Jargon Watch: Hipsturbia

cleaversLeave it to Beaver/Screen capture

We keep talking about how the suburbs are in trouble, how millennials prefer smart phones to cars, how they are staying downtown and living in apartments instead of following the suburban dream. Then we learn about Hipsturbia, the trendy river towns along the Hudson where Brooklyn hipsters are settling down to raise families, just like Beaver and the Cleavers did fifty years ago. Alex Williams writes in the New York Times about waiting for a train:

Here, beside the gray-suited salarymen and four-door minivans, it is no longer unusual to see a heritage-clad novelist type with ironic mutton chops sipping shade-grown coffee at the patisserie, or hear 30-somethings in statement sneakers discuss their latest film project as they wait for the 9:06 to Grand Central.

According to Williams, it is driven by the price of real estate, a sort of take-the-train-'til-you-qualify. The justifications are eye-rolling.

“Hastings-on-Hudson is a village, in a Wittgensteinian sort of way,” Mr. [futurism consultant Ari] Wallach said. He added, “We are constantly hearing about the slow-food movement, the slow-learning movement and the slow-everything-else. So why not just go avant-garde into a slow-village movement?”

Brooklyn writer Dana Goldstein writes that in fact, that there is nothing new about this.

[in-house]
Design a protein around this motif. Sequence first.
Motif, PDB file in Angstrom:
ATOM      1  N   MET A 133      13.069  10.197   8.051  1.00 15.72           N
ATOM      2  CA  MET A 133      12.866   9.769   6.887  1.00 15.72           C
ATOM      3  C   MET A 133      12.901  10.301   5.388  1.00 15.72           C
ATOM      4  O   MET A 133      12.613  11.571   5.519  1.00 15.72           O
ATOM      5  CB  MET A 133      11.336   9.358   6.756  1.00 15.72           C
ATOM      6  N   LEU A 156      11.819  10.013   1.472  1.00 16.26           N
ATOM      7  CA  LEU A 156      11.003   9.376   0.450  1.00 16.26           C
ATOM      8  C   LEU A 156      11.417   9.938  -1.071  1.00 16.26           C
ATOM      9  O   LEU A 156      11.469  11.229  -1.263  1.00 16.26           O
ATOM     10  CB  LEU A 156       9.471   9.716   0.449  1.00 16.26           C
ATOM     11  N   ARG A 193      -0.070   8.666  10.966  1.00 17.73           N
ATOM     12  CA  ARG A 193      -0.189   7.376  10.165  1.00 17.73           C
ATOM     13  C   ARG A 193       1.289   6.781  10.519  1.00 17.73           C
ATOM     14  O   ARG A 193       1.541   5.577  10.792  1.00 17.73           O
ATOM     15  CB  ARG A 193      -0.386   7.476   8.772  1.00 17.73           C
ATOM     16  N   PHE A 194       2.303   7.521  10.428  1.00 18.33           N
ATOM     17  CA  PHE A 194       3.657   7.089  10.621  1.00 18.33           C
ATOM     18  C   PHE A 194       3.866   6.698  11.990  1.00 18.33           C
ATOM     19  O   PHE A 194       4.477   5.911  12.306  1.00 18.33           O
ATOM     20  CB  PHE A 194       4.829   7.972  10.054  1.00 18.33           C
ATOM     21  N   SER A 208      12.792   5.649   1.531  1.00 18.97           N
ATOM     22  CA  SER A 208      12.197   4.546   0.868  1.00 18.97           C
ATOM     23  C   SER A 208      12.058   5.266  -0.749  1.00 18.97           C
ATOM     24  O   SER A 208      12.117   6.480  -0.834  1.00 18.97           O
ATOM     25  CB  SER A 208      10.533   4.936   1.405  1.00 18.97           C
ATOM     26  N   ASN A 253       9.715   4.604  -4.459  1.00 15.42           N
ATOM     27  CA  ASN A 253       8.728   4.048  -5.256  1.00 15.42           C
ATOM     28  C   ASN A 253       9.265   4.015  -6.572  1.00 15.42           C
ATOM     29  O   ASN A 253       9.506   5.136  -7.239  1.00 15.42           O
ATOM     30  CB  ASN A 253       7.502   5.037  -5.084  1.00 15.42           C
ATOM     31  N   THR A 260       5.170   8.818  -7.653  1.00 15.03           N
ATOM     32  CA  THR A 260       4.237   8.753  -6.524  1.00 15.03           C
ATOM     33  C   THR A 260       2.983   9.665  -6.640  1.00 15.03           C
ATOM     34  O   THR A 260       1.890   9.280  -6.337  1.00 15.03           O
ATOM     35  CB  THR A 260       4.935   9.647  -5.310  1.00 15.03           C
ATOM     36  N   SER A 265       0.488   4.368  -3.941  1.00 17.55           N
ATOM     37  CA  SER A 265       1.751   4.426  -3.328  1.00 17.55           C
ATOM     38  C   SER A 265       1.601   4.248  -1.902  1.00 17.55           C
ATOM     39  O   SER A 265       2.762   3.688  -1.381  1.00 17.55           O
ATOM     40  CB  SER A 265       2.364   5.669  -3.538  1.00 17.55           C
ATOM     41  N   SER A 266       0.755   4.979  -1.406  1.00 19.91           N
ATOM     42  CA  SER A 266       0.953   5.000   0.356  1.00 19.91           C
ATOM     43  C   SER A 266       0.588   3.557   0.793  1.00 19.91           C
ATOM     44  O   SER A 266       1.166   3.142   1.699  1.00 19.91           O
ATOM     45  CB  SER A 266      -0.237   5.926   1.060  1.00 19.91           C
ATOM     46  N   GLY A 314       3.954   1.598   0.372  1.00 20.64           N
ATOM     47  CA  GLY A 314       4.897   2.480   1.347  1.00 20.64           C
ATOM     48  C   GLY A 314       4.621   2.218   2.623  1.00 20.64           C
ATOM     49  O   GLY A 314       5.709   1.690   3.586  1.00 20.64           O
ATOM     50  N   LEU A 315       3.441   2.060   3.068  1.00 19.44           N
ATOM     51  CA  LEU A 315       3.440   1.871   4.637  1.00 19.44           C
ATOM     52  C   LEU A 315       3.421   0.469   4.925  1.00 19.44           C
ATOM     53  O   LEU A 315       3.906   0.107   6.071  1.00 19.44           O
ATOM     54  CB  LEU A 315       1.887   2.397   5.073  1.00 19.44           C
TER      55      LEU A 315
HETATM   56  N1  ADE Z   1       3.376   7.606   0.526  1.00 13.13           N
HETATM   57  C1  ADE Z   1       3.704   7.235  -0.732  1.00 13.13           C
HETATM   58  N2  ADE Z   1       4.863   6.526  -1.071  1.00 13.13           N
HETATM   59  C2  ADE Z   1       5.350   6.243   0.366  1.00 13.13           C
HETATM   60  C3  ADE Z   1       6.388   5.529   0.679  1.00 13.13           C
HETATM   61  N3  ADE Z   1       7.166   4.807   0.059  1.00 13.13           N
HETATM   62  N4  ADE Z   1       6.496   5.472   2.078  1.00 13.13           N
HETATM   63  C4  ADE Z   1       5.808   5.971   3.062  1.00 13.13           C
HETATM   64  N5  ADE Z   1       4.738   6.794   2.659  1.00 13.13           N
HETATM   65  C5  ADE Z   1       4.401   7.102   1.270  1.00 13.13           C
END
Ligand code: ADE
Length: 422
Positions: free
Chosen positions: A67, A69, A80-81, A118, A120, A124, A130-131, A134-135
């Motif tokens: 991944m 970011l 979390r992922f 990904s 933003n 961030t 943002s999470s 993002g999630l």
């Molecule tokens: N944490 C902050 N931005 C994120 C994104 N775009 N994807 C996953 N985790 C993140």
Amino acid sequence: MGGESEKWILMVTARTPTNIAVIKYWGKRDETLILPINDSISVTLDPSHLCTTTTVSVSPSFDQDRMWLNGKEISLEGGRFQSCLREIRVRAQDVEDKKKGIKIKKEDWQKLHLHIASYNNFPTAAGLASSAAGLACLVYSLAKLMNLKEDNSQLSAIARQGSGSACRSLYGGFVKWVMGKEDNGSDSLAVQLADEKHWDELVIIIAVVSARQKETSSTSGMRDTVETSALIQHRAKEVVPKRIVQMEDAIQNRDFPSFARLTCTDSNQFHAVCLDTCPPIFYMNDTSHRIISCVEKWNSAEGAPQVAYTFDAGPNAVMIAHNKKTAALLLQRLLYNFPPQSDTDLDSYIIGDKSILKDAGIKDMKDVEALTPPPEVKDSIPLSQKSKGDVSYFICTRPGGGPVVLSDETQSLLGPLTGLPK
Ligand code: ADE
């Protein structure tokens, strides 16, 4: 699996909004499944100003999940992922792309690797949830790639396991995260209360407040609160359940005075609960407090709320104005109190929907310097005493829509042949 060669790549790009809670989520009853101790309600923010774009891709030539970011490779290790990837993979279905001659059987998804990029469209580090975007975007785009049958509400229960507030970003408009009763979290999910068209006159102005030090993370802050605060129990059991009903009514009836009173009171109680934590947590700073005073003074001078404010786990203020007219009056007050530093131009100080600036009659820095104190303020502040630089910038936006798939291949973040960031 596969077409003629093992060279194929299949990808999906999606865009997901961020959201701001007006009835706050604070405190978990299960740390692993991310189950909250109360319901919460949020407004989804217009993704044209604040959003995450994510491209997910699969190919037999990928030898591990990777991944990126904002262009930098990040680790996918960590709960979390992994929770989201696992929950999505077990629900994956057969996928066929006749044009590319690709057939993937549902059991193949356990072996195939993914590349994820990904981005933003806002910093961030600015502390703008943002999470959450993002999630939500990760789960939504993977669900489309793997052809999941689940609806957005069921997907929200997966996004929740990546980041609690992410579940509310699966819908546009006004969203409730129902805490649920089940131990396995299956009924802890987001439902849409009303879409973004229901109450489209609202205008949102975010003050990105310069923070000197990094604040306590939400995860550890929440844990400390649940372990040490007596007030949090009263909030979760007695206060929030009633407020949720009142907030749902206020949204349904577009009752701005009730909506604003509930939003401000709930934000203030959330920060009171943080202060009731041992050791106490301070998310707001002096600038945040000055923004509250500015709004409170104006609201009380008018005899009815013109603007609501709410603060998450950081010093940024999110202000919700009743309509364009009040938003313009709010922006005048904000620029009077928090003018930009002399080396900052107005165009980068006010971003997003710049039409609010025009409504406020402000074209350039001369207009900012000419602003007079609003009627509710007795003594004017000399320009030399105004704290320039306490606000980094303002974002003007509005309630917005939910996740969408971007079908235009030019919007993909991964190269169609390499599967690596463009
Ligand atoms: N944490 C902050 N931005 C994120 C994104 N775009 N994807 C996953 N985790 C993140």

Upscale white families have been moving from the city to those particular towns for many, many decades. The changes are really around the margins; now those emigrants are arriving not only from Manhattan, but also from the gentrified neighborhoods of Brooklyn, which means they're bringing all the associated cultural tics with them, like foodie snobbery.

She worries about the trend.

Are these denizens of "hipsturbia" among the first in a new wave of defectors to the suburbs, or are they outliers? It remains unclear. One of the big questions demographers have about Generation Y and Millenials is whether our much-noted preference for city life will persist as we age and reproduce.

Either way, we have not heard the last of the word Hipsturbia.

Jargon Watch: Hipsturbia
Alex Williams coins the term in the New York Times, describing Brooklyn hipsters moving to the 'burbs. You haven't heard the last of it.

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